Degradation of marine and nesting habitats due to environmental pollution have a dramatic impact on marine turtle populations. A wide variety of synthetic organochlorine compounds (OCs) such as polychlorinated biphenyls (PCBs), and organochlorine pesticides have a particular significance in the ecotoxicology because of their undesirable effects on environmental quality and animal health. These lipophilic pollutants tend to biomagnify up the food chain and consequently, higher trophic animals in aquatic food webs have been the subject of prior concern. In fact, several reports exist in the literature about the levels of these contaminants in different aquatic Mediterranean species such as, dolphins, monk seals, sharks, tunas and swordfish. In these organisms, exposure to such pollutants has been shown to affect a variety of biological parameters with the most prominent toxic effects being on the immune, endocrine, developmental and reproductive systems. However, only a few studies have been dedicated to marine turtles, and little is known about the consequences of exposure of organochlorine compounds to sea turtles. In any case, different studies about the biological actions exerted by OCs seem to indicate that organochlorine pesticides and PCBs are capable to alter a number of biological functions in aquatic species, such as alter enzymatic pathways or induce immune suppression. Progress towards the understanding of the possible OCs impact on turtle health might be obtained with more data on accumulation of these compounds within their body and their potential relationship with morphological or physiological parameters. In this perspective the present study determined the concentrations of polychlorinated biphenyls (PCBs), hexachlorobenzene (HCB) and organochlorine pesticides (dichlorodiphenyl-trichloroethane-derivatives -DDTs-, hexachlrocyclohexane-isomers –HCHs-, cyclodienes and endosulfan) in serum samples from specimens of turtles (C. caretta) from the Adriatic Sea and evaluated the possibility that OCs serum levels could be related with the development of the turtles (length or width of the carapace). This work reinforces the findings found for other researchers in the sense that Mediterranean turtles present a relatively high degree of contamination by organochlorines. Due to the lipophilic character of these compounds we found a positive association between the size of the turtle and the level of some organochlorines in serum. However it has drawn our attention the fact that PCB 189 was negatively associated with the thickness of the carapace, pointing to the possibility that this PCB congener could influence negatively in the growth and development of the animal.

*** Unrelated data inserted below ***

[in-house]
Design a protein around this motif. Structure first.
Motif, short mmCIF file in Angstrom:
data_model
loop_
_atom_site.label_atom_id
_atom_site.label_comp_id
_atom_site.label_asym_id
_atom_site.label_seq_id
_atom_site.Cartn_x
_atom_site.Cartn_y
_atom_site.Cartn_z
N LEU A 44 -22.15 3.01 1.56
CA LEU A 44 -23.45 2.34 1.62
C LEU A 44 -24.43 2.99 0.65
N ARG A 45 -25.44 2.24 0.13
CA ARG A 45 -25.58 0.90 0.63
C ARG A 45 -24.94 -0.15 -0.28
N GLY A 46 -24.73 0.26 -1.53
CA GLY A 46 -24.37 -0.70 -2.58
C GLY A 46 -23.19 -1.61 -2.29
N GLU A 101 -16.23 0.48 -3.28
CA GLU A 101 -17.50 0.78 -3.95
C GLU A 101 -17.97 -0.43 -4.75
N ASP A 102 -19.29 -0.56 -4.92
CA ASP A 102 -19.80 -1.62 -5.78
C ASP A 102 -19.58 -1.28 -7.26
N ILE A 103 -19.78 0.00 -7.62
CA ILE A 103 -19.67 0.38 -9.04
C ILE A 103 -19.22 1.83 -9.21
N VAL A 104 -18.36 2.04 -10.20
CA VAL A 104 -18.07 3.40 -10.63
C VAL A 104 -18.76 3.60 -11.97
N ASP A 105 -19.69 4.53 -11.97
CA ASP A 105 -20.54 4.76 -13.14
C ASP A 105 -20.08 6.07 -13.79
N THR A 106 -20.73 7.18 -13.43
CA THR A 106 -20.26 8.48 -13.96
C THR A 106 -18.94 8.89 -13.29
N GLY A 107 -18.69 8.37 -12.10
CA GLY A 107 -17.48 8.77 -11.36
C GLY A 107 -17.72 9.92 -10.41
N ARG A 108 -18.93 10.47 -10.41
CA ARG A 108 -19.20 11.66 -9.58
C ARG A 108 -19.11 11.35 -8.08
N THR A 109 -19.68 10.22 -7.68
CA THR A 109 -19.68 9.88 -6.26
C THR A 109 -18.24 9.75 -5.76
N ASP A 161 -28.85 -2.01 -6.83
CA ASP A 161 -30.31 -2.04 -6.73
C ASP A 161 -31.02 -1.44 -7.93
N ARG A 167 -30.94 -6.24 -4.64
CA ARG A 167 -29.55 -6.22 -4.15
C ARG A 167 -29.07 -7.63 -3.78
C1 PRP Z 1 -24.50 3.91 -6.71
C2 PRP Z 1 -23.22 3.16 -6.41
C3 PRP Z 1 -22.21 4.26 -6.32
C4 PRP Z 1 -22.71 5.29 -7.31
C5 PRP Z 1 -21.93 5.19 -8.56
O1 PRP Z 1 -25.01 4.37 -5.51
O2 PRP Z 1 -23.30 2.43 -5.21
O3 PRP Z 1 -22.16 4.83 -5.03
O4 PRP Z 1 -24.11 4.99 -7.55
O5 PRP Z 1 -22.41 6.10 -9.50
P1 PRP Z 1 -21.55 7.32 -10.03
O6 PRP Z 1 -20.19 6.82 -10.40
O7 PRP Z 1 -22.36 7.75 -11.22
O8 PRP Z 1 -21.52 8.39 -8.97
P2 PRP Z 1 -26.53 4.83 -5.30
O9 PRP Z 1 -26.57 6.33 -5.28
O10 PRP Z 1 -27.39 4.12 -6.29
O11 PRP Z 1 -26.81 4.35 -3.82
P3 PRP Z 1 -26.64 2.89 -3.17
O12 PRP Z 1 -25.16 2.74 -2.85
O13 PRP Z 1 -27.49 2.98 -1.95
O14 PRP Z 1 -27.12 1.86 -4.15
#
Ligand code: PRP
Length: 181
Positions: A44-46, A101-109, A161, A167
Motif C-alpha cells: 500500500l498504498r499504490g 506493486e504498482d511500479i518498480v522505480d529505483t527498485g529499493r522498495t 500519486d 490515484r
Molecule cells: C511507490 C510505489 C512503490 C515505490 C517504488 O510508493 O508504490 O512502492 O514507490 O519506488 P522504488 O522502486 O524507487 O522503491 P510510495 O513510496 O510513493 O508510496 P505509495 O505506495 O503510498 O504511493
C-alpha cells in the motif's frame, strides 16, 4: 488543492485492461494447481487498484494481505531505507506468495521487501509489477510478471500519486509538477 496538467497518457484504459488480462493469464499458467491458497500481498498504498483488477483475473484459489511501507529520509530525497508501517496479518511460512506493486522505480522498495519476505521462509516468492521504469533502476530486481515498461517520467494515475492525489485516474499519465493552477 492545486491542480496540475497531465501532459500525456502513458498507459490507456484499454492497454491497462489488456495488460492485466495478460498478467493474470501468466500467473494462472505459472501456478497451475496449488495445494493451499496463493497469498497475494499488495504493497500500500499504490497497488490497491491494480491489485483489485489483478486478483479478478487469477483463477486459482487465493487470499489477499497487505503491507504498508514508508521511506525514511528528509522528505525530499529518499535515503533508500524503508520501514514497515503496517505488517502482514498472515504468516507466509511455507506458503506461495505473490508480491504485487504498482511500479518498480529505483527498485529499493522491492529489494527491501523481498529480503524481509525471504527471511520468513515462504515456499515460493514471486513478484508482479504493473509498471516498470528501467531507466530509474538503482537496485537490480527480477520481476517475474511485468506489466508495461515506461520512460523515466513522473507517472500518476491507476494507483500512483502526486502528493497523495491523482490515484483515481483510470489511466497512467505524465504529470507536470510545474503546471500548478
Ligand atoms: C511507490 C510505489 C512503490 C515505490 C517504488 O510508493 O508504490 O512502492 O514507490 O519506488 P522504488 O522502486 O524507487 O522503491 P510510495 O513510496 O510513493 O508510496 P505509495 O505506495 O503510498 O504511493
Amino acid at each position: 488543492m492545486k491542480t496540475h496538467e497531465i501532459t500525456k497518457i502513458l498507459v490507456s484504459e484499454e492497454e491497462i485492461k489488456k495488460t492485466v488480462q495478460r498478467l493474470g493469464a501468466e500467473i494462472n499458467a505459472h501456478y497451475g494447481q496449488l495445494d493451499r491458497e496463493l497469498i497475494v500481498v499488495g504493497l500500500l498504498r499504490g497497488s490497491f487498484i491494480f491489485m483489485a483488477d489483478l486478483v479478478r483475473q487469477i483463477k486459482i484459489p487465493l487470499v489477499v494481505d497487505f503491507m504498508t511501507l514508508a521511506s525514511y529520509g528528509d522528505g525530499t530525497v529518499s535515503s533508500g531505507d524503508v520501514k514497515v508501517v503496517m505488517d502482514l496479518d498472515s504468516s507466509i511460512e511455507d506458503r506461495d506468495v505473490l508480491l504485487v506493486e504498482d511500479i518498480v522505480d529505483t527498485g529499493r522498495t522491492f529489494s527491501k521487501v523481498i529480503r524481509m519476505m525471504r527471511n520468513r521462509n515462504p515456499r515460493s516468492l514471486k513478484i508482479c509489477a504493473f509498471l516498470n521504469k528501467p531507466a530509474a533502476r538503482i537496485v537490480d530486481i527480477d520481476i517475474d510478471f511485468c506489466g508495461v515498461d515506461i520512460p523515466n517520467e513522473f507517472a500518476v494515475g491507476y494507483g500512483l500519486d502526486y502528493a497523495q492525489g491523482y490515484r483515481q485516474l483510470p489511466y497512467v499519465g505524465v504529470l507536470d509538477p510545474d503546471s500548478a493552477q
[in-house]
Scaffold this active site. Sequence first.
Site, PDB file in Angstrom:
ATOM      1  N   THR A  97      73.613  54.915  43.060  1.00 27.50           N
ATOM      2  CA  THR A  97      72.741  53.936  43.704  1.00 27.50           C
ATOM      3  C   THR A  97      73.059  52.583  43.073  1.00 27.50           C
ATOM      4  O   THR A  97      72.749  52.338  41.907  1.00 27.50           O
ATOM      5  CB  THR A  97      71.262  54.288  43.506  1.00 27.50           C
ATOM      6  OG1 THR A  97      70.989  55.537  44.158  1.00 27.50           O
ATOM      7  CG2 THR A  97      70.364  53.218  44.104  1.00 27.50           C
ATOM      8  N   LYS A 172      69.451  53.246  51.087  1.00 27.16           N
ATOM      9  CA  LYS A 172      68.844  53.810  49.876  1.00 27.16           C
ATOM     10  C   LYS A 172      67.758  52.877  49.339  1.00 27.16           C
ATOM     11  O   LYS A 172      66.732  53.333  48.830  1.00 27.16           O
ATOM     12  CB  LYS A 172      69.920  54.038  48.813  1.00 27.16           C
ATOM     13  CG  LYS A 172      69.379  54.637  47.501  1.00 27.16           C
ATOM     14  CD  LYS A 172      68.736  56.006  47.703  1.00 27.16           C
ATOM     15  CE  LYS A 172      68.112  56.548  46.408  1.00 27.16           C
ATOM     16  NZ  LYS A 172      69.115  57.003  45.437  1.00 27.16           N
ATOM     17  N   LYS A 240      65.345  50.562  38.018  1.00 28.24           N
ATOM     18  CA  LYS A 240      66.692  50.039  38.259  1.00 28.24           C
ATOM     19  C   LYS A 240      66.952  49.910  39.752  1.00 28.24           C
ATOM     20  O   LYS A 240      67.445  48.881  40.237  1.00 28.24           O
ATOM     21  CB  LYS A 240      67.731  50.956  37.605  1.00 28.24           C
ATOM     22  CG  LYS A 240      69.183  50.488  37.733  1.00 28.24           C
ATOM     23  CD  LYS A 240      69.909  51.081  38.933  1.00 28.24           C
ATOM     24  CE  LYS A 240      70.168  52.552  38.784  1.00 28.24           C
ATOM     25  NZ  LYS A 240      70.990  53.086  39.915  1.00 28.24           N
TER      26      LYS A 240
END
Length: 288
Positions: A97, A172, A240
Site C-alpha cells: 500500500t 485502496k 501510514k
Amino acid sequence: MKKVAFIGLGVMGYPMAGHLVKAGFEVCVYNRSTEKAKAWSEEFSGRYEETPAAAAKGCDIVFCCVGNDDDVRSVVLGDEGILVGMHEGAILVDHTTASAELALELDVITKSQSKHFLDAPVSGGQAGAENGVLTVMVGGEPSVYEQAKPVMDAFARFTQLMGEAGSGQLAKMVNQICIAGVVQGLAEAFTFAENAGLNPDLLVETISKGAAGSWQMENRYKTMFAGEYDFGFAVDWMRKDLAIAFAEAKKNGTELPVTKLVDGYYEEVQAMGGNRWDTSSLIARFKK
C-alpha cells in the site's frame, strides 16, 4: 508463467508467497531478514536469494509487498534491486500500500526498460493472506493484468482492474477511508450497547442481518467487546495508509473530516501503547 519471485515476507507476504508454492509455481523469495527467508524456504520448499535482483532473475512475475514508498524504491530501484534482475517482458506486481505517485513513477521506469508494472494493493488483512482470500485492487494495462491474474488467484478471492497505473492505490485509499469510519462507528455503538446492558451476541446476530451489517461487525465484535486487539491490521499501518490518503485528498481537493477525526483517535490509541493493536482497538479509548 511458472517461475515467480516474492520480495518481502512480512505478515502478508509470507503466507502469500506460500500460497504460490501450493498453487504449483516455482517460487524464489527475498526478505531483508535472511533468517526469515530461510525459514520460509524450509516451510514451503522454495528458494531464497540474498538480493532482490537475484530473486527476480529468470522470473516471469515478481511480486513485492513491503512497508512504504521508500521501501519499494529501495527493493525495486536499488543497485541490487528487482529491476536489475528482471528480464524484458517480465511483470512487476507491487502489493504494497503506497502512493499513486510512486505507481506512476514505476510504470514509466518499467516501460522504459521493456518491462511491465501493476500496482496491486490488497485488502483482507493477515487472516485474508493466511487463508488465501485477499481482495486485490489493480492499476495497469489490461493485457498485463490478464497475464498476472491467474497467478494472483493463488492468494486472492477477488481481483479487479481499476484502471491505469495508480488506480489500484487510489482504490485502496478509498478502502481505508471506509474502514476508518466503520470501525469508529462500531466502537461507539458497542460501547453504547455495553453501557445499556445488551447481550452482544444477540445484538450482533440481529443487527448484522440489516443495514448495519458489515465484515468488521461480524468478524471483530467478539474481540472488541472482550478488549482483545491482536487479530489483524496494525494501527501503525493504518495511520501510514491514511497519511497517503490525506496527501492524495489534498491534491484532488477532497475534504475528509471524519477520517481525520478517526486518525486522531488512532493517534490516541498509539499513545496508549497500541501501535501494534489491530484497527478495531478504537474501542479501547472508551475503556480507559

Abstract of the workshop “Contaminants and pathology in marine megavertebrate as environmental assessment tools”
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Luzardo O.P.; A. Zaccaroni; S. Baravelli; D. Scaravelli; M. Almeida; C.G. Hernández-Rodríguez; P. Fernández-Valerón; M. Zumbado; L.D. Boada
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Utilizza questo identificativo per citare o creare un link a questo documento: http://hdl.handle.net/11585/60895